Oracle is playing an unusual game of chicken with the shareholders of NetSuite. On Friday, Oracle extended the deadline for its offer to buy Netsuite a second and final time, it said.
Oracle warned that if more shareholders don’t get onboard by the new deadline, November 4, Oracle will walk away from the deal altogether.
It said in a press release (emphasis ours):
“This will be the final extension that Oracle is obligated to make under the merger agreement. In the event that a majority of NetSuite’s unaffiliated shareholders do not tender sufficient shares to reach the minimum tender condition, Oracle will respect the will of NetSuite’s unaffiliated shareholders and terminate its proposed acquisition.”
Oracle has offered to buy Netsuite for $109 a share cash, or about $9.3 billion, a 19% premium over the price of the shares before the offer was made.
Oracle founder and executive chairman also helped found and fund Netsuite, so he owns most of the company. While he clearly wants to sell (he’d pocket $3.5 billion cash), he’s recused himself from voting on the merger.
That means that a majority of the independent shareholders must agree to the deal by tendering their shares. Oracle needs 20.4 million shares to be tendered to close the deal. As of Thursday, it only has 4.6 million shares.
Wanting more money
That’s likely because T. Rowe Price, one of the world’s largest mutual funds who has a more than 12.9% stake in NetSuite, opposed the deal.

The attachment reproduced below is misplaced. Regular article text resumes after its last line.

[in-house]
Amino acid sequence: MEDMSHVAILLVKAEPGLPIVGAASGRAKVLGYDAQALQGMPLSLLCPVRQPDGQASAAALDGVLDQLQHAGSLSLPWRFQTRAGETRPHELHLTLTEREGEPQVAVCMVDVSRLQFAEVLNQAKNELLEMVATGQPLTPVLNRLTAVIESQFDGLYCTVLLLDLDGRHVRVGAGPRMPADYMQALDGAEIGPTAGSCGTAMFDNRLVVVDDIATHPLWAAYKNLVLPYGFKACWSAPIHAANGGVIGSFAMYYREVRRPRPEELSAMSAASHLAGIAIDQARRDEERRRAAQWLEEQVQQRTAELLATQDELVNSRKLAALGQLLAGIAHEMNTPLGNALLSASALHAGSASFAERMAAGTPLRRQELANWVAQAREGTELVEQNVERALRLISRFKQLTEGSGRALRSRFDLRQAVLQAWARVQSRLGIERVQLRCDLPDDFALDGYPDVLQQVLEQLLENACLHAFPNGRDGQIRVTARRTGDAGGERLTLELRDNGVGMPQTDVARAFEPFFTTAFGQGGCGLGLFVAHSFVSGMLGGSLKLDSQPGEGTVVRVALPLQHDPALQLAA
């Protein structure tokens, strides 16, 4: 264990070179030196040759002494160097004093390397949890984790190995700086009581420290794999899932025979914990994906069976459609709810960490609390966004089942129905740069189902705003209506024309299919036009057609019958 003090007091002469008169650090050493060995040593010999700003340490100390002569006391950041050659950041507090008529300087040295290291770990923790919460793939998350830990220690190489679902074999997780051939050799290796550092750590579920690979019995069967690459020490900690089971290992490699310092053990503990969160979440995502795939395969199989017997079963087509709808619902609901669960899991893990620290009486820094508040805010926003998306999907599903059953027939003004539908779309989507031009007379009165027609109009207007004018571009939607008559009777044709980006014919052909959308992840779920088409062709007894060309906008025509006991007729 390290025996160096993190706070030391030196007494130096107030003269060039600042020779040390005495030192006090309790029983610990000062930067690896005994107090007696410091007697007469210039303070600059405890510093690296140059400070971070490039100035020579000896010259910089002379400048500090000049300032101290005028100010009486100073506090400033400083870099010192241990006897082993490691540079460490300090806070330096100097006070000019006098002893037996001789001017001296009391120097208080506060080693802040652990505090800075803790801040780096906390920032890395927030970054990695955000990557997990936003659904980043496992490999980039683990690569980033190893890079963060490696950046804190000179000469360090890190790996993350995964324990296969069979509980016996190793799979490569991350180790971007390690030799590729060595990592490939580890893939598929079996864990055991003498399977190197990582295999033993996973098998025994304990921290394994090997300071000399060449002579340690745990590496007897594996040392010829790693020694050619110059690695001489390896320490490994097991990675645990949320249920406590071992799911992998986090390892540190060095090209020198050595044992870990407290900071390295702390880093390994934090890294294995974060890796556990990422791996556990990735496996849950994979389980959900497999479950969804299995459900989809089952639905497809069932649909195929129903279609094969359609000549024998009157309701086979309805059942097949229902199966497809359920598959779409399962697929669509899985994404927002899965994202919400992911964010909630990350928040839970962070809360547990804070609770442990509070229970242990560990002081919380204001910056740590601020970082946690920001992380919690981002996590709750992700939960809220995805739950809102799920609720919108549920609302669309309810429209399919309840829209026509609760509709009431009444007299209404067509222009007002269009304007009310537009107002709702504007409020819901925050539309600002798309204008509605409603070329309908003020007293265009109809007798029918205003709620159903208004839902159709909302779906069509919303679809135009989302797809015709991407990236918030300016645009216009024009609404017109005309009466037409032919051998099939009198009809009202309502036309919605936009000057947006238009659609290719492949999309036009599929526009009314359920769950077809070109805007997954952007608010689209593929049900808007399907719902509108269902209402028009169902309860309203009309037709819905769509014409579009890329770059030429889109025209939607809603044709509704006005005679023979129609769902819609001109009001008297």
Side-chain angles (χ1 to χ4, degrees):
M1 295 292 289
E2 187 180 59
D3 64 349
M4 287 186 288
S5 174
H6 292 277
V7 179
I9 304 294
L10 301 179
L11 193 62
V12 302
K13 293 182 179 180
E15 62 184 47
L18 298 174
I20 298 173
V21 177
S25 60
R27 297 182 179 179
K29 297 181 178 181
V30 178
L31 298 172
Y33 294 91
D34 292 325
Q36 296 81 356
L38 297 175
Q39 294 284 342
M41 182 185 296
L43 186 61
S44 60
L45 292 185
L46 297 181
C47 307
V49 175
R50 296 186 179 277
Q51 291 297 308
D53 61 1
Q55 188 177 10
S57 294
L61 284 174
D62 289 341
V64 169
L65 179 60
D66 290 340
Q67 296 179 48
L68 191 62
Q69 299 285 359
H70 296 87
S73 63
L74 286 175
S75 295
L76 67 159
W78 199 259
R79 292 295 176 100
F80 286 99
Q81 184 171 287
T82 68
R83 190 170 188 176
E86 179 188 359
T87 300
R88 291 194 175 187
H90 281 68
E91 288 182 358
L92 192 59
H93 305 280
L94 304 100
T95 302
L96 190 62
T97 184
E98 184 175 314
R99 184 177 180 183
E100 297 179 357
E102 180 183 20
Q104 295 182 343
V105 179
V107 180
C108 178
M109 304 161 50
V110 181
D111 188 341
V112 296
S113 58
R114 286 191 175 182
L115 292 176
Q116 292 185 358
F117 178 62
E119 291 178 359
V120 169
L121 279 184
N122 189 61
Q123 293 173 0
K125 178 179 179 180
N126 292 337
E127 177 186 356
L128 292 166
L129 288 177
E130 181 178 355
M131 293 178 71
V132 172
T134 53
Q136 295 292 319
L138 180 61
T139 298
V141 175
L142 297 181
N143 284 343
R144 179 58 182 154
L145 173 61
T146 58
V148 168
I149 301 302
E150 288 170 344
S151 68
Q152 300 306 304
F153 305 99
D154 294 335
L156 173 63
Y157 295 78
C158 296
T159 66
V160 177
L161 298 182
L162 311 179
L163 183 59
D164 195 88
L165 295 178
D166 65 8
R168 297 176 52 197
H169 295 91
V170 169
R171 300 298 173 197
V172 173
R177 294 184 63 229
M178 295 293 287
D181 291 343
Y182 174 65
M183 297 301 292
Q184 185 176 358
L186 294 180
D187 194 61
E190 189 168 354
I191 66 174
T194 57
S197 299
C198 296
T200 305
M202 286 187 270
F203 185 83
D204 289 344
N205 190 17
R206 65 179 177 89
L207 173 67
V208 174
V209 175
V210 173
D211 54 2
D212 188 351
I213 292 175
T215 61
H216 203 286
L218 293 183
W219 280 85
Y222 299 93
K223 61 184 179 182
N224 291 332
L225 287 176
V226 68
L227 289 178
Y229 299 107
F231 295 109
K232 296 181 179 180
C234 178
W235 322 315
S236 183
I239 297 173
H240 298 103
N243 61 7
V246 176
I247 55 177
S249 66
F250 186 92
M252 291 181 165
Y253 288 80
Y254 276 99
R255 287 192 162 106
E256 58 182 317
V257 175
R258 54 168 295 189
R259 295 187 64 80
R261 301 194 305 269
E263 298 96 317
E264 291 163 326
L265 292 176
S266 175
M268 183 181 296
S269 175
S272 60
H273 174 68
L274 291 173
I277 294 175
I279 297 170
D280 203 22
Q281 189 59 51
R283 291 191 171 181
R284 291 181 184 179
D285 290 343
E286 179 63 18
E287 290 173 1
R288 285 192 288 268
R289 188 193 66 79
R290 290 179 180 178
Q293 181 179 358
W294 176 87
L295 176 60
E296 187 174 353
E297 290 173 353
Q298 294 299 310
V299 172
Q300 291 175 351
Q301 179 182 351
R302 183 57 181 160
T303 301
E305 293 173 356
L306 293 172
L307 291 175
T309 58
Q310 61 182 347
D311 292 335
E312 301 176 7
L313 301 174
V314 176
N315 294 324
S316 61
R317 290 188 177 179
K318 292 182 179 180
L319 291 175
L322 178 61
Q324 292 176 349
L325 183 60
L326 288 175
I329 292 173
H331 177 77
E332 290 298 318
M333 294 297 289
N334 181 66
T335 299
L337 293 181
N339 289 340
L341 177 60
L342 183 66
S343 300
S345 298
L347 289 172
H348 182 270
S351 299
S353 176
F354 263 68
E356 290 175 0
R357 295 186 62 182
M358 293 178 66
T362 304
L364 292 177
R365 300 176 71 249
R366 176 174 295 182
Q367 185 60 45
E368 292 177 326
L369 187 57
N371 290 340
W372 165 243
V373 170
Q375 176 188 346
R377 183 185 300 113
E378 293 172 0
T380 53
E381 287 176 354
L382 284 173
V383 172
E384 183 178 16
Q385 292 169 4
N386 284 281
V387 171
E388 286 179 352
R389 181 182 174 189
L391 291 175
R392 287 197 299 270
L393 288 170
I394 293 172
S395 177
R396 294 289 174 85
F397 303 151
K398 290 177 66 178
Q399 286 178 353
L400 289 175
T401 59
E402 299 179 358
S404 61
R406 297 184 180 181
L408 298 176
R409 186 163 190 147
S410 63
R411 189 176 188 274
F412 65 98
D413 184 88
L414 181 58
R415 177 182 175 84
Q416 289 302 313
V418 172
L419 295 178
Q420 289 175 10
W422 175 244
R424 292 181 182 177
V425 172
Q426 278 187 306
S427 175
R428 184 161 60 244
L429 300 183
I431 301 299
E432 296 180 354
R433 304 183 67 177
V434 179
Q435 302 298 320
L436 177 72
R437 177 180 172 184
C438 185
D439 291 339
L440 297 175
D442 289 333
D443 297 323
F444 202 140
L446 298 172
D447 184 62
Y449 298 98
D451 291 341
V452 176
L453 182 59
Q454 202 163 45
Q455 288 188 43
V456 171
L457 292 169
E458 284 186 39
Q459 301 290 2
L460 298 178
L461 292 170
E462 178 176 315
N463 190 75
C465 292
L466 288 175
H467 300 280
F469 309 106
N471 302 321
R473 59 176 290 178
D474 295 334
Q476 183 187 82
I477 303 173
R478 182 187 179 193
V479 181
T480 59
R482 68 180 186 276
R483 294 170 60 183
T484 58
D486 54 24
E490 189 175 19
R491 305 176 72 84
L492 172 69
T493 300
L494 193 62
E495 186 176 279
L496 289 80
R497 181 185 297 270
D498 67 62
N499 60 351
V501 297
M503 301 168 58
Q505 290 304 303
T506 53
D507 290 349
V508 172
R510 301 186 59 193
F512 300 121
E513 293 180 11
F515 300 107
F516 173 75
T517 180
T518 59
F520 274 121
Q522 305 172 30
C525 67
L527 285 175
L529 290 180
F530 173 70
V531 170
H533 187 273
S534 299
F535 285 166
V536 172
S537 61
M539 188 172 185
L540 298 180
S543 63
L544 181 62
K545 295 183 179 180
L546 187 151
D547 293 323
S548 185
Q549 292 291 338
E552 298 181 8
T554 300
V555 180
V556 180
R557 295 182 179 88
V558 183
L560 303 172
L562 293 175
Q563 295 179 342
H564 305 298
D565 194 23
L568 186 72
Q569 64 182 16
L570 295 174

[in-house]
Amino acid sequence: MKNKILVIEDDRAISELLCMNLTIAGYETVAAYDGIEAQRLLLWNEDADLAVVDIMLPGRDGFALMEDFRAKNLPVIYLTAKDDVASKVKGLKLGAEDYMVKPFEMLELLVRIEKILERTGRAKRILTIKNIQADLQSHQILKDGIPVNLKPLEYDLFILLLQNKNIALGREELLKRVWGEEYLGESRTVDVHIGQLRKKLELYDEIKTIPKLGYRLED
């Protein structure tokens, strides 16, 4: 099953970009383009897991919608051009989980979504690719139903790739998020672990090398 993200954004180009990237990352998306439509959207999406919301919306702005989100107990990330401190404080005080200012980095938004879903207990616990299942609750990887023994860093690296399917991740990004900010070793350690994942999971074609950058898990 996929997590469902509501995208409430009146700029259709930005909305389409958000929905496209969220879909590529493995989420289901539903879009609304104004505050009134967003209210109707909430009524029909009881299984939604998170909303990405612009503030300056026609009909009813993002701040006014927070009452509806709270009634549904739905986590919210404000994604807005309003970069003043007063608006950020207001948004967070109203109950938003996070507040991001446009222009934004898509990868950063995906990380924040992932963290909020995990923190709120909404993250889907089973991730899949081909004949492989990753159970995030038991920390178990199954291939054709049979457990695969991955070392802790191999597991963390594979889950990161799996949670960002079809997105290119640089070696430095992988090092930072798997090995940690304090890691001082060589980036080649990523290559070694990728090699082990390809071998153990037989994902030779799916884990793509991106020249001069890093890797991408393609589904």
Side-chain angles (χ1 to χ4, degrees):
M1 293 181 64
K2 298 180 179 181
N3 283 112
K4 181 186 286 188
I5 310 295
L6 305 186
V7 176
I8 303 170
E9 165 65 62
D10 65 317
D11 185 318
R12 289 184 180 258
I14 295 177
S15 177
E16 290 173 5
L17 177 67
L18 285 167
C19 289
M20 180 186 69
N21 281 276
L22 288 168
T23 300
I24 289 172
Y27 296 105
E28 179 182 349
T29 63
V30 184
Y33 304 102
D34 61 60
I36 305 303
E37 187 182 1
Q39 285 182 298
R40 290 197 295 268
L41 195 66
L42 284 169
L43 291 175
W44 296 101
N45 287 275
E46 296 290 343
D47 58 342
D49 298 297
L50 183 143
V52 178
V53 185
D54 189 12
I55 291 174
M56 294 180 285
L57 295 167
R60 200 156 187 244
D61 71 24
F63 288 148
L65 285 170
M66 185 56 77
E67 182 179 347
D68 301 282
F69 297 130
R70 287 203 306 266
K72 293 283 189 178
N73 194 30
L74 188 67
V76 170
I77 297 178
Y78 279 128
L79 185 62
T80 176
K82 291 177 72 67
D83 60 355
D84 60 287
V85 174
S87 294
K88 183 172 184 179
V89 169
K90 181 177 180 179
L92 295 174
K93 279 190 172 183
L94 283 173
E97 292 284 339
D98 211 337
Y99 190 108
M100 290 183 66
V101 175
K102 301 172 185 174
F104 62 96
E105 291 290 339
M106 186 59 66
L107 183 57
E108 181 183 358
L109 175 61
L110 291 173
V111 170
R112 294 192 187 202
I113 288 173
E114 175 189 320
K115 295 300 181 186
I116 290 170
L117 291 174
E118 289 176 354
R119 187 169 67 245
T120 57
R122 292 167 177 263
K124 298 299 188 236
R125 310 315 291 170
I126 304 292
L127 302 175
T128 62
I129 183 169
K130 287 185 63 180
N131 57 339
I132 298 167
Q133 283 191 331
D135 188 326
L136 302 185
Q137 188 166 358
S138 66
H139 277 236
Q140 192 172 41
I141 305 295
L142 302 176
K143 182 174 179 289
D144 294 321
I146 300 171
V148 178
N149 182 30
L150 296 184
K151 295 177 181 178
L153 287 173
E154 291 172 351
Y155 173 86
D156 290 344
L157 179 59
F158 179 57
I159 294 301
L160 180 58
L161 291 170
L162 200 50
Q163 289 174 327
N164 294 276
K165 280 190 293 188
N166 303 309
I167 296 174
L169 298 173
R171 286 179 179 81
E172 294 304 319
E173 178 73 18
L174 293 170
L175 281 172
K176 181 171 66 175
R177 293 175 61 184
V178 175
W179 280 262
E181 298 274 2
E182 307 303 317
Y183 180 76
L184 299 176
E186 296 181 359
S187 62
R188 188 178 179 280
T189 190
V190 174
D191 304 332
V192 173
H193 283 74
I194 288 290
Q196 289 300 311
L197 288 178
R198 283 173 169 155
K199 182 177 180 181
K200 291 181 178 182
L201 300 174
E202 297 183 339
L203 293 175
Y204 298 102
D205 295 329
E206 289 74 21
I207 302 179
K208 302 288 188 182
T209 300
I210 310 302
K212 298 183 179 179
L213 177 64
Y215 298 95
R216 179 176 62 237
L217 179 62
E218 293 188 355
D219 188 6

T. Row Price believed that Ellison’s conflict-of-interest position led to an offer that was too low and no bidding process. And the 19% premium is lower than the average 26% premium for all above $1 billion M&A deals to date, reported the Wall Street Journal.
However, the DoJ is unconcerned. Oracle received regulatory approval for the deal in September, as long as a majority of independent shareholders approved, too.
Still, it seems many shareholders were holding out for more money.
But it’s doubtful that will happen. Oracle is playing this game of chicken from a position of strength. With Larry Ellison’s stake, Netsuite would be hard pressed to find another buyer at all, much less one willing to pay more.
That’s because both of these companies sell similar financial software. In the past, Oracle sold its version as old-fashioned software installed in a company’s data center. It was very expensive, so only the biggest companies could afford it. Netsuite sold its software as a cloud service, affordable for smaller companies.
But Oracle now offers a direct cloud competitor to Netsuite and has been increasingly selling to smaller companies. Any company wanting to buy Netsuite would be a direct competitor to Oracle and would have to be willing to write a huge, multi-billion check directly to Ellison. This assumes Ellison would have to recuse himself from voting on the offer, and couldn’t simply veto it.
Oracle doesn’t need NetSuite’s technology. While Oracle would like to absorb Netsuite’s customers into its all-important cloud business, it can do that the old fashioned way, through its massive salesforce.
This offer was in equal parts a customer grab and a soft-landing for Netsuite’s shareholders, of which Ellison is the biggest. If the rest of the shareholders don’t see that, Oracle is willing to say, “So be it.”
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